Parents are concerned about home schooling for a few reasons like the ability to provide a full education and social exposure, as well as financial pressure. Home educators will not have access to government funds to provide them with resources which schools can offer such as extensive libraries and databases, gym equipment, arts supplies, musical instruments, or scientific tools. Nor do they provide for home tutors. Parents who wish to stay at home will lose the advantage of having a second income. But there are solutions which make home schooling economically viable, making it an appealing alternative.[iv] Parents will save money by not spending thousands in tuition on private schools which they believe may be more fitting,[v] as well as uniforms, bus fees, and trips. Additionally, the internet is now teeming with more information than ever before – including lectures from leading academic institutions[vi] – which makes it an ideal reference provided the use of its resources are explored with discretion.
Parents can bring the social aspect in easily. By addressing an individual’s needs exclusively, a considerable amount of pace can be covered, leaving time to invest in arts programs, clubs, sports teams, and other activities where children and adolescents can mingle and interact for that essential experience, as well as cultivate open-mindedness and acceptance. But is this really that much safer than a school environment, where these activities are usually a part of the program, even if extra-curricular? Does it always guarantee freedom from prejudice or even abuse, which occurs right in our very homes as well?[vii]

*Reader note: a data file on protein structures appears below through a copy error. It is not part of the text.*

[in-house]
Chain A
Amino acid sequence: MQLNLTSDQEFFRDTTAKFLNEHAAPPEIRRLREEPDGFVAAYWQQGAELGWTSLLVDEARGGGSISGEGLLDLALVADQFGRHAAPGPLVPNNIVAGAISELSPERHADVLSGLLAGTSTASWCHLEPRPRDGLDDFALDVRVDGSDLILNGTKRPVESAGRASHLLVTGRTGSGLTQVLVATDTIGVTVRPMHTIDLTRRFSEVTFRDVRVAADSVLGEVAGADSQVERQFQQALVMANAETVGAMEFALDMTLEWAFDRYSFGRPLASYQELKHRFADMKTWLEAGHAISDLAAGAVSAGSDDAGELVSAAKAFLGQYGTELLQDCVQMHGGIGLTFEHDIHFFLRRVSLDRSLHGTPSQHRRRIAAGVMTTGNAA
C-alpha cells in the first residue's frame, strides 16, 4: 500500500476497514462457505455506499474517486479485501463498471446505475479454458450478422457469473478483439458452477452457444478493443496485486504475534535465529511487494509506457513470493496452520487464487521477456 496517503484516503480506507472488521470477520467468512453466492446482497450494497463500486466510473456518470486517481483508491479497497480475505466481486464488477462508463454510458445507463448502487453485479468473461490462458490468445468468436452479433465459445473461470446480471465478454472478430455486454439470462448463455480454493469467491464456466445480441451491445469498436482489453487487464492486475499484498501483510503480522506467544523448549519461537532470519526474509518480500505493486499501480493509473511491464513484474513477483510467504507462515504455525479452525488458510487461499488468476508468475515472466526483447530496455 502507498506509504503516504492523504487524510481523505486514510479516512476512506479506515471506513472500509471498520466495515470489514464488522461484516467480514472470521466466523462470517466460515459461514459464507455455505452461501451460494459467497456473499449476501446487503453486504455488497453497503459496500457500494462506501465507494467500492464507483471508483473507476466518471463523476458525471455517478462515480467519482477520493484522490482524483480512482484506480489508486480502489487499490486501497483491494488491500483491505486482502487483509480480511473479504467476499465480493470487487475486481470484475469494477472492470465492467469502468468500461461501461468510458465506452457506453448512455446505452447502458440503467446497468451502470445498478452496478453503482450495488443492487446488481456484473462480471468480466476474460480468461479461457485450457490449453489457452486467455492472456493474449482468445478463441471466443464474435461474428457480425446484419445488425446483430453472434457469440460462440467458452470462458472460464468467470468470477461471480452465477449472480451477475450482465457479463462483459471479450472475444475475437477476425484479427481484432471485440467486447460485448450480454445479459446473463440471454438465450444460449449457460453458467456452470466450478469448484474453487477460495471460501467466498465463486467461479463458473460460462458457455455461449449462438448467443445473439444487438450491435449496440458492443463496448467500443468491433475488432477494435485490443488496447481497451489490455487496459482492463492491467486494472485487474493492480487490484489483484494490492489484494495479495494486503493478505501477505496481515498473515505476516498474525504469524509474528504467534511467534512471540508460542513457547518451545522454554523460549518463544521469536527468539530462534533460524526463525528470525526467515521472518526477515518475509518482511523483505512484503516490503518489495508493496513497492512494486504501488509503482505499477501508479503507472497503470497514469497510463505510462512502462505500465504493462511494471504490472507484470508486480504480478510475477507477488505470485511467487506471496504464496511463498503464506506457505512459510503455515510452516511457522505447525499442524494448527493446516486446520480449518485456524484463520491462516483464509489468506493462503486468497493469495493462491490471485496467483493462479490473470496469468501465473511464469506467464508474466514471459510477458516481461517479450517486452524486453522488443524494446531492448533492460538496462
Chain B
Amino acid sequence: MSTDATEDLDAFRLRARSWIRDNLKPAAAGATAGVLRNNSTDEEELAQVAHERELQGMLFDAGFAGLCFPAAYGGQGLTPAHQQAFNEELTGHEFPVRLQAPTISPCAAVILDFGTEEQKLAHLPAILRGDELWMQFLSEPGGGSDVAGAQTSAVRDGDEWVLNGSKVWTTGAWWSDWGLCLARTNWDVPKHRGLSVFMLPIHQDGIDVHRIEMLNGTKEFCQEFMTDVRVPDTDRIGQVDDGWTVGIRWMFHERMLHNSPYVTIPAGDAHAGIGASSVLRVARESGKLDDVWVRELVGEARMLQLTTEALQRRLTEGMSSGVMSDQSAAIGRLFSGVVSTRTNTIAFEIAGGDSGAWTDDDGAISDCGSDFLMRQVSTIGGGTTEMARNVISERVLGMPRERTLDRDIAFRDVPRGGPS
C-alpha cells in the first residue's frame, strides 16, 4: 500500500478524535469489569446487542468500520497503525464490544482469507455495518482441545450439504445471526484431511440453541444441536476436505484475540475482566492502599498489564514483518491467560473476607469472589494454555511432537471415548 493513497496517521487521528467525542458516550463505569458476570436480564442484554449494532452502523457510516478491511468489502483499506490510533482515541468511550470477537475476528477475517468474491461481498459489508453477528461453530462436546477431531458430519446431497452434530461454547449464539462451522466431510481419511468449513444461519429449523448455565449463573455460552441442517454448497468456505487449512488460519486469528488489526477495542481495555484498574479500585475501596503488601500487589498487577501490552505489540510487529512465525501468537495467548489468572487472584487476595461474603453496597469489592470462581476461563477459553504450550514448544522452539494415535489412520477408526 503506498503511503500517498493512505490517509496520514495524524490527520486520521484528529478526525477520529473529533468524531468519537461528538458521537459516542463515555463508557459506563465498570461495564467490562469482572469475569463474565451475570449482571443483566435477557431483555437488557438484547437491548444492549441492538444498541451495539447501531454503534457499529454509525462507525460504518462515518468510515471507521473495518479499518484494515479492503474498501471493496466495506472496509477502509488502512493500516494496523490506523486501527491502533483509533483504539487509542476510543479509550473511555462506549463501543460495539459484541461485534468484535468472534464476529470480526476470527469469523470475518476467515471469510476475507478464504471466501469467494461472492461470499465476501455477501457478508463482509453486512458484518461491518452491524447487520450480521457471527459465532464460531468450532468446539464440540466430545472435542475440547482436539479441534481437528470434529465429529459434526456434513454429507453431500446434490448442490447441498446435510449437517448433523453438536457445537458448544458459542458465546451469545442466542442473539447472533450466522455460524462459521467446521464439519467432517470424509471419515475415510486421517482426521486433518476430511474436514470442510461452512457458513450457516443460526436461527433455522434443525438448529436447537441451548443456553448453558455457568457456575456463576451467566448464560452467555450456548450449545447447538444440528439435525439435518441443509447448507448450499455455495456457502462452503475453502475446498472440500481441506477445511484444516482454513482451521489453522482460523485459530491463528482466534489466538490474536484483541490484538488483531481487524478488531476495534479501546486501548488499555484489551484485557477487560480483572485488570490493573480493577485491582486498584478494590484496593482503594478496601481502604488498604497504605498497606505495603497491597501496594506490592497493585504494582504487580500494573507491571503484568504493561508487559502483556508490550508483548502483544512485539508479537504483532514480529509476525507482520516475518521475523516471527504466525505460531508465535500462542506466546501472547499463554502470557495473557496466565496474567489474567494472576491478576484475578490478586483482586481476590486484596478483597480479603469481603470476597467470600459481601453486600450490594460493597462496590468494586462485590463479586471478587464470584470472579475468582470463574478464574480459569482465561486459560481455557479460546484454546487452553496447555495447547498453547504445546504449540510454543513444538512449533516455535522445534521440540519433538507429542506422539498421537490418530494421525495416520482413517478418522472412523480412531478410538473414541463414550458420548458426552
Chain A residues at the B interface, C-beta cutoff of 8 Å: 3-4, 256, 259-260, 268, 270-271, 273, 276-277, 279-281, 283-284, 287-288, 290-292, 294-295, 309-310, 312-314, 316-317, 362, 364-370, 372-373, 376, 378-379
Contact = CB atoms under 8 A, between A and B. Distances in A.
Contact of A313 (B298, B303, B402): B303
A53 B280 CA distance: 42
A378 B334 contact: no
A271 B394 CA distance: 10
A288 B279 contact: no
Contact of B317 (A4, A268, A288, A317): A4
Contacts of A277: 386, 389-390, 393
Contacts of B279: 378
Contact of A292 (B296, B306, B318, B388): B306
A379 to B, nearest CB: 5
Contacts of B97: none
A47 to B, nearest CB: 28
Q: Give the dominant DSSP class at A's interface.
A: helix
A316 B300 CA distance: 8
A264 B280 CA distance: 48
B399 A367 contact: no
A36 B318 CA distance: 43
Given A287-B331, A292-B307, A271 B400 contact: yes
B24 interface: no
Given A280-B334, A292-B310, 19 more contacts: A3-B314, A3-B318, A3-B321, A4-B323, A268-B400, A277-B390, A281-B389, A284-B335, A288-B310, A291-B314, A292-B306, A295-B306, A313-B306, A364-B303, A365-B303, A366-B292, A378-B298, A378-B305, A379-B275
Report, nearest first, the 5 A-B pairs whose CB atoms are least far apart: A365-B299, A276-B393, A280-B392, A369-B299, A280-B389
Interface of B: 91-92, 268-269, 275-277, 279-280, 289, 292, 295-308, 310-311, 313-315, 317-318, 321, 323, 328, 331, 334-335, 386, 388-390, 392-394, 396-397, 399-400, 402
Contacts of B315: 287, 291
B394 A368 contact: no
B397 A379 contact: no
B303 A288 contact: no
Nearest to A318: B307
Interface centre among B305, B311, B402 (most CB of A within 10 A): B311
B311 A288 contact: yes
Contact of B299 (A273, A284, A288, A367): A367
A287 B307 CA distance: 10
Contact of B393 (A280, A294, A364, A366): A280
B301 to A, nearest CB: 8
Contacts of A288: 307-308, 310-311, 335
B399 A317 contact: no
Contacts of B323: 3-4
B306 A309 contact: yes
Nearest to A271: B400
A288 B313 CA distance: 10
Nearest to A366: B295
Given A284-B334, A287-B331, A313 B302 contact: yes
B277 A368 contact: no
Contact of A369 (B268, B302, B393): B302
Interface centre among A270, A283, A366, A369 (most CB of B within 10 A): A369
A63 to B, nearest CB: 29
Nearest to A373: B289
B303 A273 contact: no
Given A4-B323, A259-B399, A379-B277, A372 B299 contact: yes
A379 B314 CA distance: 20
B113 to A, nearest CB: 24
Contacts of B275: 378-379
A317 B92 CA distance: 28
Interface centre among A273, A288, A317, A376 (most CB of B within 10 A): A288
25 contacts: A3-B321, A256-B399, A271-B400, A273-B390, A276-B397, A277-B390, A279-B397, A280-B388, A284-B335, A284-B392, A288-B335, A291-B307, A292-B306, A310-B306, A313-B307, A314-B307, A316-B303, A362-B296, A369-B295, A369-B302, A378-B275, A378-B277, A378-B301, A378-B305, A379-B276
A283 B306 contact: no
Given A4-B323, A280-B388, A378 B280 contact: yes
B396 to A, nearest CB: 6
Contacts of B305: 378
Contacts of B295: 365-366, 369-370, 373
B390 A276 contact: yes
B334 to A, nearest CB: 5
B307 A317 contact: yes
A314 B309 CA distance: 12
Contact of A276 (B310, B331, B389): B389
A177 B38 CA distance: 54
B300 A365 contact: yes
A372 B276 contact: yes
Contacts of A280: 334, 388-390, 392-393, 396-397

Owning It to Our Children
Undoubtedly, the pros of home schooling – and the fact that many of its cons can be countered make it even more appealing. Many parents will find home schooling the best choice for their child. But if this is debate is based on safety, and rightfully so, then surely as a society we should make every place safe for children. This may seem idealistic, but there is no other choice. At some point or other, children will leave home and experience the world. Perhaps their time in mainstream school – even if this is divided with home schooling – will give them the street smarts they need, and the capability to properly collaborate and share ideas, and even experience a greater open-mindedness. We cannot shelter our children entirely, as much as we wish to protect them – but what we can do is work towards making our world safer. Even as home schoolers, we should fight to keep the public education system in check, to ensure that the classroom is safe, and that people can embrace and accept their differences. We must push for education which teaches the how and the why, not just the what. And we must make sure that schools are provided with the resources required to give everyone a fair and just education, which gives them equal opportunities for success in life.[viii]
Whatever choice we make, we need to invest in a system which gives parents the right resources as well as guarantees a child’s safety, therefore, whichever choice is freely made, is accepted and embraced. We owe it to our future.
this has been written by freelance journalist Helen Dale
[i] ChildAlert.co.uk. “Parenting News”. Accessed 9December, 2014.
[ii] Gov.Uk. “Reducing knife, gun and gang crime”. Accessed 9 December, 2014.
[iii] BBC.co.uk. “Challenging stereotypes, prejudice and discrimination”. Accessed December 9, 2014.
[iv] Money. “Home Schooling: Good for Your Child & Your Finances?” Accessed 9 December, 2014.
[v] Schoolfeesadvice.org. “Private School Fees”. Accessed 9 December, 2014.
[vi] Online-educa.com. “The Rise of the MOOC: The Future of Higher Education?” Accessed 9 December, 2014.
[vii] NSPCC.org.uk. “Sexual abuse Facts and statistics”. Accessed 9 December, 2014.
[viii] Cambridgeassessment.org.uk. “Education systems urged to restructure: Why? What questions are really asked?” Accessed December 9, 2014.